AS & A-Level Maths For Dummies Cheat Sheet
Some of the most important things to remember in AS-level and A-level maths are the rules for differentiating and integrating expressions. This cheat sheet is a handy reference for what happens when you differentiate or integrate powers of x, trigonometric functions, exponentials or logarithms – as well as the rules you need for what to do when they’re combined!
Differentiating Simple Terms and Functions for AS & A-Level Maths
This is a handy guide to the building blocks of differentiation for A-level maths: it gives you all of the things you’re expected to know to differentiate (powers of x, exponentials, logarithms and trigonometric functions) and what you get when you do the calculus!
In the following table, a represents any constant.
Note that ln(ax) differentiates to a / ax, and after you cancel the as you’re left with 1/x.
Differentiating Combinations for AS & A-Level Maths
Once you’ve mastered the building blocks of differentiation for A-level maths, the next step is to get comfortable with the various rules – what happens when you have a function with something complicated inside the brackets? How about if you have expressions involving addition, subtraction, multiplication or division? This table reminds you what to do in these situations, including the dreaded chain rule, quotient rule and product rule from Core 3.
If you’re doing parametric differentiation in Core 4, then dy/dx = (dy/dt)/(dx/dt).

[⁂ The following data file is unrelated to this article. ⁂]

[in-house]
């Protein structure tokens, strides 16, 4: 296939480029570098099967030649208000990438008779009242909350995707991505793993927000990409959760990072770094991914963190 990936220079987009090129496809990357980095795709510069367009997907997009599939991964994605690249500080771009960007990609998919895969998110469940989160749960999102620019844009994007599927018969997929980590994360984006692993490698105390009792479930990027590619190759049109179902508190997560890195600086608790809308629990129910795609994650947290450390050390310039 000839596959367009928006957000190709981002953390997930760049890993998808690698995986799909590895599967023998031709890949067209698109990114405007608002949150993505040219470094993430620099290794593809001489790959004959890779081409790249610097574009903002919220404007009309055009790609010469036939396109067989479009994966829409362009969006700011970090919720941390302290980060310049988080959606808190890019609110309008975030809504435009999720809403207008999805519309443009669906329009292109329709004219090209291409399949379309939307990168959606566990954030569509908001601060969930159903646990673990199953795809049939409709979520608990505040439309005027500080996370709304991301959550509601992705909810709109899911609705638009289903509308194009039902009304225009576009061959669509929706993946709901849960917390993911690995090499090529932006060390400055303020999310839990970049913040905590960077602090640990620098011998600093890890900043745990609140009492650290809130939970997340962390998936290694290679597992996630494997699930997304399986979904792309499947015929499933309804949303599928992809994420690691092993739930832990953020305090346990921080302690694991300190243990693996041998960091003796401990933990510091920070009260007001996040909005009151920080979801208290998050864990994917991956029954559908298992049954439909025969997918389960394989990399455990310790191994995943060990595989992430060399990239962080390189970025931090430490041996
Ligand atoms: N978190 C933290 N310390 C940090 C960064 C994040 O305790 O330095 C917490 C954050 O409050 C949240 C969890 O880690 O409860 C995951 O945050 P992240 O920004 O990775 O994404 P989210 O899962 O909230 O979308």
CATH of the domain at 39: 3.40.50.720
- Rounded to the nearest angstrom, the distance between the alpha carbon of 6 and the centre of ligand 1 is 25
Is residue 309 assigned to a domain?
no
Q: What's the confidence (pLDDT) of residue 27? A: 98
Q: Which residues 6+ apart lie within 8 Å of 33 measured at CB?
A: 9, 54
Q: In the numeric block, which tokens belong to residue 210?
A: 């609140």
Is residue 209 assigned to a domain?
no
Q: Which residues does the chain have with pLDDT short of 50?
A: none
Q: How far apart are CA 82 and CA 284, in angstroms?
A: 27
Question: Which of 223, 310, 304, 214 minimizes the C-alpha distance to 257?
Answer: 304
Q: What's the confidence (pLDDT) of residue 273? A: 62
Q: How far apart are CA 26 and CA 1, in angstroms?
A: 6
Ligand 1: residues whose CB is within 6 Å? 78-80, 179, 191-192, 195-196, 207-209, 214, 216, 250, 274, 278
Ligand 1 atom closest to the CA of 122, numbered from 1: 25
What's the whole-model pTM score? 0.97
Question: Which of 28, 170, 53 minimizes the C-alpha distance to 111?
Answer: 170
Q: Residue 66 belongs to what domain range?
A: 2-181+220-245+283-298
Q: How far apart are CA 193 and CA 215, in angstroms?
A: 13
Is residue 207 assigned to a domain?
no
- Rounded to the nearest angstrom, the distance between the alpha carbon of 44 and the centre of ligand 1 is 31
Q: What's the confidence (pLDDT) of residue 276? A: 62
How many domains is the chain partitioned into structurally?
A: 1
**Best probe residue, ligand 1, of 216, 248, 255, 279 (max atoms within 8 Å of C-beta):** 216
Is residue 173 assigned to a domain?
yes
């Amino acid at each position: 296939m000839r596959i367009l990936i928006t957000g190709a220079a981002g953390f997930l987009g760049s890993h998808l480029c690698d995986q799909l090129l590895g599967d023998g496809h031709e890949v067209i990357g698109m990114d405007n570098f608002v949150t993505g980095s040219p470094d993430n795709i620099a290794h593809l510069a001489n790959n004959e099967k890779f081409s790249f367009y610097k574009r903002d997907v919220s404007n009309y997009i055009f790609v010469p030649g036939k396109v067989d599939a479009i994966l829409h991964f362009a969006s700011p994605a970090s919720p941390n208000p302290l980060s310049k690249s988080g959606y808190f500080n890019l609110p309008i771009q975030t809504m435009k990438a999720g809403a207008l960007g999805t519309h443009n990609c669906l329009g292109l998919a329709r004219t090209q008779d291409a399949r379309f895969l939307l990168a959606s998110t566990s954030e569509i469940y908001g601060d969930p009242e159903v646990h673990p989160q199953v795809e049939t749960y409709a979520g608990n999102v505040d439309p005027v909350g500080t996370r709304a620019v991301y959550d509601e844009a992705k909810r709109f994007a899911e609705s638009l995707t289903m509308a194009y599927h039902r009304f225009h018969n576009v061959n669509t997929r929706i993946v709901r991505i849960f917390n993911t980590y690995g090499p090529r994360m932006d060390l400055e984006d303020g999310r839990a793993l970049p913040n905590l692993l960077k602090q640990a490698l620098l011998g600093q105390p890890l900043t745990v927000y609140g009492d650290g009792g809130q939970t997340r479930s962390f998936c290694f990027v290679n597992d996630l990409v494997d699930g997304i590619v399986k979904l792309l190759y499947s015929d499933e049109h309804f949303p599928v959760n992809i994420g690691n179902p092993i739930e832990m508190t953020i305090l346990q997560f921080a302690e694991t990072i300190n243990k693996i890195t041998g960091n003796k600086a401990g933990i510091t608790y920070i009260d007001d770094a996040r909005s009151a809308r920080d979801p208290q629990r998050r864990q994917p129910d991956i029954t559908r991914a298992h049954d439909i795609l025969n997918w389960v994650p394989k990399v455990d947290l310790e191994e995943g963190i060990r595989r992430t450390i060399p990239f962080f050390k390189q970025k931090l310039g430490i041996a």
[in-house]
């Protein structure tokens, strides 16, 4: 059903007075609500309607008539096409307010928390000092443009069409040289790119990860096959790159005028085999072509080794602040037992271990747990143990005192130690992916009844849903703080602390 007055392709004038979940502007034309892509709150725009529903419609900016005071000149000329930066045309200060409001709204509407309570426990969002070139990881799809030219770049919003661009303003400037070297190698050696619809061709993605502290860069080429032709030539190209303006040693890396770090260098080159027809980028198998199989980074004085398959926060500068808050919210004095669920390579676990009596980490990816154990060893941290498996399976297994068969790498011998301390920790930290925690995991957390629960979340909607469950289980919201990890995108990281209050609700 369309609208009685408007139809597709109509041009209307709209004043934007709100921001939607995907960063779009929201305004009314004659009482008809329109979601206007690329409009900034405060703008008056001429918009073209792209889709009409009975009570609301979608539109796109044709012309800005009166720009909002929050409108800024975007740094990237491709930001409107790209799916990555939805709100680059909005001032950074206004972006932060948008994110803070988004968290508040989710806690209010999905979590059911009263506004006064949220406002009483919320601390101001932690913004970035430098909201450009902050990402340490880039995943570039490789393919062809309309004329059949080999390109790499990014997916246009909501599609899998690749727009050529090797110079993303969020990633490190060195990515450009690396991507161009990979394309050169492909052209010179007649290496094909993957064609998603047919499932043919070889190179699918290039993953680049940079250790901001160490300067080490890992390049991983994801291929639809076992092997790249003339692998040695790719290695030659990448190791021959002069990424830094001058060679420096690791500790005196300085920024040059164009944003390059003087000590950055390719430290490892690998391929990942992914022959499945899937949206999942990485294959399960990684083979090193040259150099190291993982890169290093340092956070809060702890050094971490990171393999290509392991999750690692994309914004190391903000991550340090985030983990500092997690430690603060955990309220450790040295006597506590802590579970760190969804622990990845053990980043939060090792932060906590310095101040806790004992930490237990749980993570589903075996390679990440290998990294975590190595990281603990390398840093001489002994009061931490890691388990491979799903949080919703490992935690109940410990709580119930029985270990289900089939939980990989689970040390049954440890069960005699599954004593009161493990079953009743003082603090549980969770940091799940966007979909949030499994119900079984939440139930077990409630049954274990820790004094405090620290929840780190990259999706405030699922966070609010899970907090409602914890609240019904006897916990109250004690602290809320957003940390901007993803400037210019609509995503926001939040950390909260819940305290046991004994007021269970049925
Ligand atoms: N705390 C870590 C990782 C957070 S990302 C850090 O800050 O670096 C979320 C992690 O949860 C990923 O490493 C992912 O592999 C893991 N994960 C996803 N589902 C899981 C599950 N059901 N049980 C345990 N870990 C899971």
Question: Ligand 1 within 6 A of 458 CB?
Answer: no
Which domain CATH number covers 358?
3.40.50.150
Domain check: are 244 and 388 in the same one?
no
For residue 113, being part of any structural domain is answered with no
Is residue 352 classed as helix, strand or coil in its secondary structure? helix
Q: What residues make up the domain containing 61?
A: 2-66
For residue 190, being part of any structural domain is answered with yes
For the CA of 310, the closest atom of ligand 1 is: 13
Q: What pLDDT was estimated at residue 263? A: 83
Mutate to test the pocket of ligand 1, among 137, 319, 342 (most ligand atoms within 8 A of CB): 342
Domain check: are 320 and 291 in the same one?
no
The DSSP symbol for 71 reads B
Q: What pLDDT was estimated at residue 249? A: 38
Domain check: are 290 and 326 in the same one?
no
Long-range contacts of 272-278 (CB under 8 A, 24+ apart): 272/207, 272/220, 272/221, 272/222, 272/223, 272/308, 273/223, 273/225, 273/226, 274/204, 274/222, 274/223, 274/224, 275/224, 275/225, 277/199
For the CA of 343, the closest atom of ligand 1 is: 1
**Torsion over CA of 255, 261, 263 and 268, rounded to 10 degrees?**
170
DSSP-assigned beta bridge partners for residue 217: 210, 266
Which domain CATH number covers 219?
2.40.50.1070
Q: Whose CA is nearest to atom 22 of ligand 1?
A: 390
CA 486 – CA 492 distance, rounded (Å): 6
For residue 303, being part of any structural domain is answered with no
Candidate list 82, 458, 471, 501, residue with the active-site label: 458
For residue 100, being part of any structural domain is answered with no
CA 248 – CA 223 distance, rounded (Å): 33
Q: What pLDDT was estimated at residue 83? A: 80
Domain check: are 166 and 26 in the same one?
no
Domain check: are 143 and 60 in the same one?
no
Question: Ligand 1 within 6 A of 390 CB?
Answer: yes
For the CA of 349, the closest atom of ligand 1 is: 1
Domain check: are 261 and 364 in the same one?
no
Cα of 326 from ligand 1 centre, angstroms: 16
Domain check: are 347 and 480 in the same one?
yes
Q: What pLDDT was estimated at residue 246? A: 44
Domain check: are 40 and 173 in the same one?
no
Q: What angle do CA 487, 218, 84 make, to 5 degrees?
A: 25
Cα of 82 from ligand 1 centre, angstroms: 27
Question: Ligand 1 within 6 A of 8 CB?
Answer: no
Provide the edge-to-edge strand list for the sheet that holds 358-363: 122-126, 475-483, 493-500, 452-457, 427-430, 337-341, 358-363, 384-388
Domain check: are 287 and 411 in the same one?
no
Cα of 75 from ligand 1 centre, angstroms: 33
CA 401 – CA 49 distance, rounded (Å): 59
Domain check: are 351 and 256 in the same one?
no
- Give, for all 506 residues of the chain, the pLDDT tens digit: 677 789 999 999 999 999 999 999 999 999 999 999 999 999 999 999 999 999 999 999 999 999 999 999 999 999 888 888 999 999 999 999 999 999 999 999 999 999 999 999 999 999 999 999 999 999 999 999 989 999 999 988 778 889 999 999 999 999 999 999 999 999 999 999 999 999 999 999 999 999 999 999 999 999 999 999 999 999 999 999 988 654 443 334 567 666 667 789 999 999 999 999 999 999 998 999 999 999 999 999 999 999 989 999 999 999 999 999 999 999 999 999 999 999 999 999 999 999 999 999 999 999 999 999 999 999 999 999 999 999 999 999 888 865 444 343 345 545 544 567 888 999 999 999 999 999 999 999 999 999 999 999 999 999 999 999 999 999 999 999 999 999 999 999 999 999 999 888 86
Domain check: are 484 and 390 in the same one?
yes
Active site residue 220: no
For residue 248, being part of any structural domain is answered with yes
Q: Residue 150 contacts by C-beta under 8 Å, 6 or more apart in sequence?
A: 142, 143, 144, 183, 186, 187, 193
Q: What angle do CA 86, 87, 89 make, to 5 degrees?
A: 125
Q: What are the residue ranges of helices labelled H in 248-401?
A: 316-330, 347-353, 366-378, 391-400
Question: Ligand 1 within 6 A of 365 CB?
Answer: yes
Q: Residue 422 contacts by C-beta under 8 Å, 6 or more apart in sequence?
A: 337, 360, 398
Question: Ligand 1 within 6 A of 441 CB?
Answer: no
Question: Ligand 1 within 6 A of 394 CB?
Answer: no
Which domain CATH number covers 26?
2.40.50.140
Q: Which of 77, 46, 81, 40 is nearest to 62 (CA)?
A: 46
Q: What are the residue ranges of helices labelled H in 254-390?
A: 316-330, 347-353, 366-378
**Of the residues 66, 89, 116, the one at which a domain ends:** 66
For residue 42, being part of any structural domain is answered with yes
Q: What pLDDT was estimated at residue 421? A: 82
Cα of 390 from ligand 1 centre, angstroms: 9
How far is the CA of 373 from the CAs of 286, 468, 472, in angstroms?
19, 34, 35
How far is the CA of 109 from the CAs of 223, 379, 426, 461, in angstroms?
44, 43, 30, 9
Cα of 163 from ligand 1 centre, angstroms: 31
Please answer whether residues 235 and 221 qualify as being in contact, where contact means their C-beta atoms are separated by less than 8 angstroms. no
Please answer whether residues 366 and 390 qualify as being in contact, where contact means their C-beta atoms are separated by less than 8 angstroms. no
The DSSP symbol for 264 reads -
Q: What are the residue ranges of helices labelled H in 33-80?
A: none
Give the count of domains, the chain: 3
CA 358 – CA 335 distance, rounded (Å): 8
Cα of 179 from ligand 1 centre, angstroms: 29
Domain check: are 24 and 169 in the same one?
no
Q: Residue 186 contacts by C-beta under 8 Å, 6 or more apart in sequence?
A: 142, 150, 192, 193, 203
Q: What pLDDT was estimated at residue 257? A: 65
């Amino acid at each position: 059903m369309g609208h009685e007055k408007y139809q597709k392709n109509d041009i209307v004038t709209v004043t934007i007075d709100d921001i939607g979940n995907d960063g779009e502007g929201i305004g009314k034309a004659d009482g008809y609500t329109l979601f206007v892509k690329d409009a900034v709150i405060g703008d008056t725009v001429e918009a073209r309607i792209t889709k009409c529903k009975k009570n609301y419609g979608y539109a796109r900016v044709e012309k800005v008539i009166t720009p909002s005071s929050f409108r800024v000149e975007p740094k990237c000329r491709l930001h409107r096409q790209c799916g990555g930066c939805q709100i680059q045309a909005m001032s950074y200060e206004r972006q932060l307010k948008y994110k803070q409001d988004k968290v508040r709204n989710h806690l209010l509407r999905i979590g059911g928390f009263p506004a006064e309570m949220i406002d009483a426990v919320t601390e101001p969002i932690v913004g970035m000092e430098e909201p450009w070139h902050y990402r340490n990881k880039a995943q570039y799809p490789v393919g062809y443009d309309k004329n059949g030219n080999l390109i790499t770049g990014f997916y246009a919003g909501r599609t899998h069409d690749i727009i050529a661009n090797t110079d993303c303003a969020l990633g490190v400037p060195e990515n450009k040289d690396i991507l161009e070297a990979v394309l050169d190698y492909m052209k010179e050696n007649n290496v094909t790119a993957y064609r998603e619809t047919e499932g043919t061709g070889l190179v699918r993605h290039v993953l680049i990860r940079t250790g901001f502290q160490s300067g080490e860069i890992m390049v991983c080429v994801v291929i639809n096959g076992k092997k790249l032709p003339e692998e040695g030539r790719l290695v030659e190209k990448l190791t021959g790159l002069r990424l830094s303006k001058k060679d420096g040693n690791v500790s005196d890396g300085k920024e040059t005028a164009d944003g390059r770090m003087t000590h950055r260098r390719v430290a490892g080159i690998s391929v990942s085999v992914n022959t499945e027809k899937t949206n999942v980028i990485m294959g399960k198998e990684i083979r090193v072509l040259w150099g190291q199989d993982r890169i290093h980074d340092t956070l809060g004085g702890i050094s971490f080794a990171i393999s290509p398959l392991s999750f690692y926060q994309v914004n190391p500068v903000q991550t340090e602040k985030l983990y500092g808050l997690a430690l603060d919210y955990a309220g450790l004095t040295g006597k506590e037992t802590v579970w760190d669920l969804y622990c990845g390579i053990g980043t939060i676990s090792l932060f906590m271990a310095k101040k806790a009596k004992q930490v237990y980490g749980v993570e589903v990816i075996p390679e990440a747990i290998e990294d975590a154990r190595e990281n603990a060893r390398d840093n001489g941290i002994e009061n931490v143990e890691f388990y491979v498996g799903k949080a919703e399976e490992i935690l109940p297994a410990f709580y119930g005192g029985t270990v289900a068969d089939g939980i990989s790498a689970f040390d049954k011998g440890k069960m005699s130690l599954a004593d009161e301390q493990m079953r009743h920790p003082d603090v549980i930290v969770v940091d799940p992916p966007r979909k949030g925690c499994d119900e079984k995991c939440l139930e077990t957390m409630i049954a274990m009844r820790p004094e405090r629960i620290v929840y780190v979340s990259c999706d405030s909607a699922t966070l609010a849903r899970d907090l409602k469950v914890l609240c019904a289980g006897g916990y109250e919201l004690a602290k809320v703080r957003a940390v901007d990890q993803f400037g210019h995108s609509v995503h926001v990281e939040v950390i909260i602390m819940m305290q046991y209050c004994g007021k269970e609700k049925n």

Integrating Simple Terms and Functions for AS & A Level Maths
If you want to get a good grade in A-level maths, one of the skills you need is the integration of simple terms – powers of x, exponentials and trigonometric functions.
Any time you integrate, you have to remember to add a constant! If you are working with limits, this cancels out, and if you have additional information, you may be able to work the constant out.
Integrating Combinations for AS & A-Level Maths
When you have to integrate something more complicated than a simple expression for A-level maths, the chances are you’ll need to use one of the rules in this table, which shows you how to deal with a function when it has a linear argument, two terms added to or subtracted from each other, and the formula for integration by parts. In this table, a capital letter means “the integral of the lower-case letter” – so F is the integral of f, U is the integral of u, and V is the integral of v.
You also need to know about calculating a volume of revolution: Rotating the curve y=f(x) around the x-axis between limits of a and b gives you a volume of